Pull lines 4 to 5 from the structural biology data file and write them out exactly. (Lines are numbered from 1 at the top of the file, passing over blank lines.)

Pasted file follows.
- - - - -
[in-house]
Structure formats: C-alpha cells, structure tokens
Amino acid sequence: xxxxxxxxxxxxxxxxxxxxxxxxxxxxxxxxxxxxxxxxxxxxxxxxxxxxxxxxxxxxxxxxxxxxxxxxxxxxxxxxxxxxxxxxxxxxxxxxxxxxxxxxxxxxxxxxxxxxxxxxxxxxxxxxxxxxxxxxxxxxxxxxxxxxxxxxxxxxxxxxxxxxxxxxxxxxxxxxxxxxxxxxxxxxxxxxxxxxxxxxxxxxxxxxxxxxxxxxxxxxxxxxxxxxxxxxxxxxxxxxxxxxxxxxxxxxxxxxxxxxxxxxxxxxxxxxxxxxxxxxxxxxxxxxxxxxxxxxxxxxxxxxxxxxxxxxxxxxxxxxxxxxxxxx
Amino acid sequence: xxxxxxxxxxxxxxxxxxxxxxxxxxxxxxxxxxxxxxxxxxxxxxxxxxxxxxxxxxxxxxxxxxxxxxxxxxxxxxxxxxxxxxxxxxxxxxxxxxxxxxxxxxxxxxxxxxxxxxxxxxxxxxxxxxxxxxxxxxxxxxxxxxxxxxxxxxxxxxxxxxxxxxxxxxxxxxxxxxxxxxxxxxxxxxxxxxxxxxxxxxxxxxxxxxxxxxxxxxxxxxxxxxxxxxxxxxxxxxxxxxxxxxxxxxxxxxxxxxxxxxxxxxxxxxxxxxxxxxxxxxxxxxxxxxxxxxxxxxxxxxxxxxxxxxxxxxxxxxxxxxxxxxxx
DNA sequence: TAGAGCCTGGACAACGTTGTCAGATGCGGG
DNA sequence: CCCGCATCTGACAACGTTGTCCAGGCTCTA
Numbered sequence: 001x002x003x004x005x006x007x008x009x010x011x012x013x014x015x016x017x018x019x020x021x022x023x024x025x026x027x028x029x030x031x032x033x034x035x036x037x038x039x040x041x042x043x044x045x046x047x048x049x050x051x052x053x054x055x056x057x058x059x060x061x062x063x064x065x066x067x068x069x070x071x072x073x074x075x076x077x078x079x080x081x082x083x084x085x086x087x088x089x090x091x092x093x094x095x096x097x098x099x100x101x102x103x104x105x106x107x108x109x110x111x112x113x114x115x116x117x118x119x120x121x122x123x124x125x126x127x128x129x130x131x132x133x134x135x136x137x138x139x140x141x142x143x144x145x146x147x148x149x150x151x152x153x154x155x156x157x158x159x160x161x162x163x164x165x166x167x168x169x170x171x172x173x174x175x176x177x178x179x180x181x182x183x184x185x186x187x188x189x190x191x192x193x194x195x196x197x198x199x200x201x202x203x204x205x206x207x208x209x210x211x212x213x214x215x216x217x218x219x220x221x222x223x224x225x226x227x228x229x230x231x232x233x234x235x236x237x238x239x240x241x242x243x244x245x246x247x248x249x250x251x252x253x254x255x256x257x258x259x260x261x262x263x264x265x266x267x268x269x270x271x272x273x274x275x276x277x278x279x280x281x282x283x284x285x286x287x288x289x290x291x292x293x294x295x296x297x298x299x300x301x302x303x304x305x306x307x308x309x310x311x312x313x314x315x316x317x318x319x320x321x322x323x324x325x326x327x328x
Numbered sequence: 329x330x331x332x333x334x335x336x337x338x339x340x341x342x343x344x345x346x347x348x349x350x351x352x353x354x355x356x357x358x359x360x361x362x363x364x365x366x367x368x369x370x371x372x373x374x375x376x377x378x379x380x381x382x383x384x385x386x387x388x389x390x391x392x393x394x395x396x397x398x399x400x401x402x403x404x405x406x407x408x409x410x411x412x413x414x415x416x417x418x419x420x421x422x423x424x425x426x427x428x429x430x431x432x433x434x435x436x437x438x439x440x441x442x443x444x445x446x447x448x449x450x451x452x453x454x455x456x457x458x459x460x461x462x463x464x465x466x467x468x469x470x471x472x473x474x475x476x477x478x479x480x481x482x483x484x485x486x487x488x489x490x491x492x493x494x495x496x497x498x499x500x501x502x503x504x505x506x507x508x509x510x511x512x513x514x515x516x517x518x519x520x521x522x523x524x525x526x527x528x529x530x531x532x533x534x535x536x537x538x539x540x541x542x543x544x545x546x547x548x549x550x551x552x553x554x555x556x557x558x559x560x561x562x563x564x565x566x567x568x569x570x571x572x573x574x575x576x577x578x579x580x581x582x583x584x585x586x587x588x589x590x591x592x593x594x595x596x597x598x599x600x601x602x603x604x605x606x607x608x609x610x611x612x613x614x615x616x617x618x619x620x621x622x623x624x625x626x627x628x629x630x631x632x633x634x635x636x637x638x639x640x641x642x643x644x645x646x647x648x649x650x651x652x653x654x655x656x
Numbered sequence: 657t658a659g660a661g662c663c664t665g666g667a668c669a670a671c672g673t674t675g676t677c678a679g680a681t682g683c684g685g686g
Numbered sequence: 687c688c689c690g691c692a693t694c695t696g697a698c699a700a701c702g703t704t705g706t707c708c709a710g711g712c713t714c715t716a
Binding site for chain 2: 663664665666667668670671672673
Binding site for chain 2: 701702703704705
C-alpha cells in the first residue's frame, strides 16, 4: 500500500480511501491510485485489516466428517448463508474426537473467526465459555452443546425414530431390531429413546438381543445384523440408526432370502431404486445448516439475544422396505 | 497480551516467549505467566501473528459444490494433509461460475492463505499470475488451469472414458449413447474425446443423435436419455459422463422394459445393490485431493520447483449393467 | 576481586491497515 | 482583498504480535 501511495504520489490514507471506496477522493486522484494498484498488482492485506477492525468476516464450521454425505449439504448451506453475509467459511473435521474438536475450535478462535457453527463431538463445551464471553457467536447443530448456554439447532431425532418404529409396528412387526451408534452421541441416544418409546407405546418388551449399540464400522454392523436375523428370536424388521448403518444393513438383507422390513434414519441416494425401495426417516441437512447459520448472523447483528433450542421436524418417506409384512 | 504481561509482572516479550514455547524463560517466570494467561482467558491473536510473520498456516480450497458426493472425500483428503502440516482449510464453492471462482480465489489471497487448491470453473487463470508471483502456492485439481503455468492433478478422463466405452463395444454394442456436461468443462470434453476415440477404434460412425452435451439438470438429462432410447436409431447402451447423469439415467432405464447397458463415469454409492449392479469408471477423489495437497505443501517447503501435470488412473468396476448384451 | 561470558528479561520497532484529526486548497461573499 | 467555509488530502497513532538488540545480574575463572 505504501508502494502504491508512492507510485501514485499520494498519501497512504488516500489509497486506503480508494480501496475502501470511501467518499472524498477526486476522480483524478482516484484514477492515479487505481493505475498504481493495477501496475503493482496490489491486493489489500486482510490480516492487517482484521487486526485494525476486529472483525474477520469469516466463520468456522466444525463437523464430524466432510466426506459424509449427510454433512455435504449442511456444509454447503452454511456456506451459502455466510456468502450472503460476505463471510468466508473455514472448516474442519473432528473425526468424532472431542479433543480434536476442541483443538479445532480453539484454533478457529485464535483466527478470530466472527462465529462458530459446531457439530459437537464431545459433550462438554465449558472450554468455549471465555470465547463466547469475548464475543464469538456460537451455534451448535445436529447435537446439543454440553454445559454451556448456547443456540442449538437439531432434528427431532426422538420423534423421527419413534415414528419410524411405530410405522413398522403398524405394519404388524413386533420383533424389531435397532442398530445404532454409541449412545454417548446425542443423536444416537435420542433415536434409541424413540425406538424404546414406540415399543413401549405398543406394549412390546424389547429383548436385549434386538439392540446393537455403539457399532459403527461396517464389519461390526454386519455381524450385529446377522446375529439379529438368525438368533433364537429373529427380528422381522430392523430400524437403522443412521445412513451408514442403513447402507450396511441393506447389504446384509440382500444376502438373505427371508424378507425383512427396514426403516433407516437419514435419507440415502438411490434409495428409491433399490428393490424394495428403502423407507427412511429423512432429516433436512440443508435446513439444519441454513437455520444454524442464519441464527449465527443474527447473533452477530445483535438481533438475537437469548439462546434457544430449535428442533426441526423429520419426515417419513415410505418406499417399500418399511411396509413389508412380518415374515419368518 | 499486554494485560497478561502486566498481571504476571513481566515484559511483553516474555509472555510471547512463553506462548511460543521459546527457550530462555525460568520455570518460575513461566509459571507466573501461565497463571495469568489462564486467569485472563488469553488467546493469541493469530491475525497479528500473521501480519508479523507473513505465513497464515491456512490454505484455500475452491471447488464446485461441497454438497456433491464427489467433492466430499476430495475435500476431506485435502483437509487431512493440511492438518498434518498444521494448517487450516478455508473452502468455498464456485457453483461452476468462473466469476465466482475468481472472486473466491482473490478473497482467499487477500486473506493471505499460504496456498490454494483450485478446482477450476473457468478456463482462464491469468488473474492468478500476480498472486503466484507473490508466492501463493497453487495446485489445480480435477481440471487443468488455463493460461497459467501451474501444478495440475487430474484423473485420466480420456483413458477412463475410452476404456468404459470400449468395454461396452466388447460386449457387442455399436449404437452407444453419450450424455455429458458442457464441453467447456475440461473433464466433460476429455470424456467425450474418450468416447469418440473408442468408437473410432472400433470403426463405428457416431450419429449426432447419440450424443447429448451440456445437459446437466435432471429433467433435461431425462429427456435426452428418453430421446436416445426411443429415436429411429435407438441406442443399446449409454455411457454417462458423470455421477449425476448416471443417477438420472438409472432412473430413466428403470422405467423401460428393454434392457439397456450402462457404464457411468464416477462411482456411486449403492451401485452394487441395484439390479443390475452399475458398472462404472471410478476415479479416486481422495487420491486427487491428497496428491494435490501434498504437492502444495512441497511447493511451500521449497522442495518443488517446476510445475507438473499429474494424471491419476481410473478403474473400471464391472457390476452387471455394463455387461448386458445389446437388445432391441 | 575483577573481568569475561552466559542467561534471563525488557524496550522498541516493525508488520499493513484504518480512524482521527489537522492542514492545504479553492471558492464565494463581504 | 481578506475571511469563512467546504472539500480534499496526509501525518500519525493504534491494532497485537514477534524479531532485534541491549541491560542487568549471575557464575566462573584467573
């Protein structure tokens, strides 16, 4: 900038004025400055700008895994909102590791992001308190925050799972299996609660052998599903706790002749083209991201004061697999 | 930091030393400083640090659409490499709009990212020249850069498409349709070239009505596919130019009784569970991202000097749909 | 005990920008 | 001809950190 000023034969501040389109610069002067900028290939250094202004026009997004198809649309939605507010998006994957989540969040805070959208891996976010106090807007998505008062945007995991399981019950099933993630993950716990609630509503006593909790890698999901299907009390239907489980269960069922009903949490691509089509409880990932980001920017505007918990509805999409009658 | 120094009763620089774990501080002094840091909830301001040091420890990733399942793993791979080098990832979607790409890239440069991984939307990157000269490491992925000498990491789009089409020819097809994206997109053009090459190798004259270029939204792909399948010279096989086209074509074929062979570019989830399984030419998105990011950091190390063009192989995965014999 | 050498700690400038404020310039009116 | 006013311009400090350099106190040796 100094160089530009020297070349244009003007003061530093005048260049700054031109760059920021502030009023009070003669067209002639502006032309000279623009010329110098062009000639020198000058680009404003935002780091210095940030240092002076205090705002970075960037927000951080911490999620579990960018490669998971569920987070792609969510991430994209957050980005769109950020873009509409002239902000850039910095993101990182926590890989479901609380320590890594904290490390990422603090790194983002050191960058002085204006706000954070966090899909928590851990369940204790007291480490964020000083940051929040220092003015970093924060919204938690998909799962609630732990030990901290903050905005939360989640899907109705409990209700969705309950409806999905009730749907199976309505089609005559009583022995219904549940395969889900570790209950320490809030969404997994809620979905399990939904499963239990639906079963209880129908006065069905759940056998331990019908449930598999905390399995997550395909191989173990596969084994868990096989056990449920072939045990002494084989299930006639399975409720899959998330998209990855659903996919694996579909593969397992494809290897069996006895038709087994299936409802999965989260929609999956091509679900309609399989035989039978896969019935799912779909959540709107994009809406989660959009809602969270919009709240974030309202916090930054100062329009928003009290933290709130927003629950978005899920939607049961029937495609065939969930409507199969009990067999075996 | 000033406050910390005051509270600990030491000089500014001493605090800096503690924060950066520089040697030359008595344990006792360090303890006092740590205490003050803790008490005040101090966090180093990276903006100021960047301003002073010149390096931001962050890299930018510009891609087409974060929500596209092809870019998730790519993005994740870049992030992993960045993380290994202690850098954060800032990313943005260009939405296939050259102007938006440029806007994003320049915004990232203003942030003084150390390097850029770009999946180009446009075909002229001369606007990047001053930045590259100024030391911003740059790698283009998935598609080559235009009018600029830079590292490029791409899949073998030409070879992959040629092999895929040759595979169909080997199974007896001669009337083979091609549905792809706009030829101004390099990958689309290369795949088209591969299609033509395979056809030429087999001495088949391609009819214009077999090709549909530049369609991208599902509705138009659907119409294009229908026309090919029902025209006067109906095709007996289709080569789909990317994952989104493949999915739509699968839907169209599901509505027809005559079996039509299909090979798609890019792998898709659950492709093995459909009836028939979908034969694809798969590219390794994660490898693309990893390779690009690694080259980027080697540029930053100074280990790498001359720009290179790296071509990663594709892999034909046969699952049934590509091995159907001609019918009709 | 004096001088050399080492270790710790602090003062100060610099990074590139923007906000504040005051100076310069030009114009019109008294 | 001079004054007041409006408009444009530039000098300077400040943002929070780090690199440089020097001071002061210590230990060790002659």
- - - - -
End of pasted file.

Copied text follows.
Amino acid sequence: xxxxxxxxxxxxxxxxxxxxxxxxxxxxxxxxxxxxxxxxxxxxxxxxxxxxxxxxxxxxxxxxxxxxxxxxxxxxxxxxxxxxxxxxxxxxxxxxxxxxxxxxxxxxxxxxxxxxxxxxxxxxxxxxxxxxxxxxxxxxxxxxxxxxxxxxxxxxxxxxxxxxxxxxxxxxxxxxxxxxxxxxxxxxxxxxxxxxxxxxxxxxxxxxxxxxxxxxxxxxxxxxxxxxxxxxxxxxxxxxxxxxxxxxxxxxxxxxxxxxxxxxxxxxxxxxxxxxxxxxxxxxxxxxxxxxxxxxxxxxxxxxxxxxxxxxxxxxxxxxxxxxxxxx
DNA sequence: TAGAGCCTGGACAACGTTGTCAGATGCGGG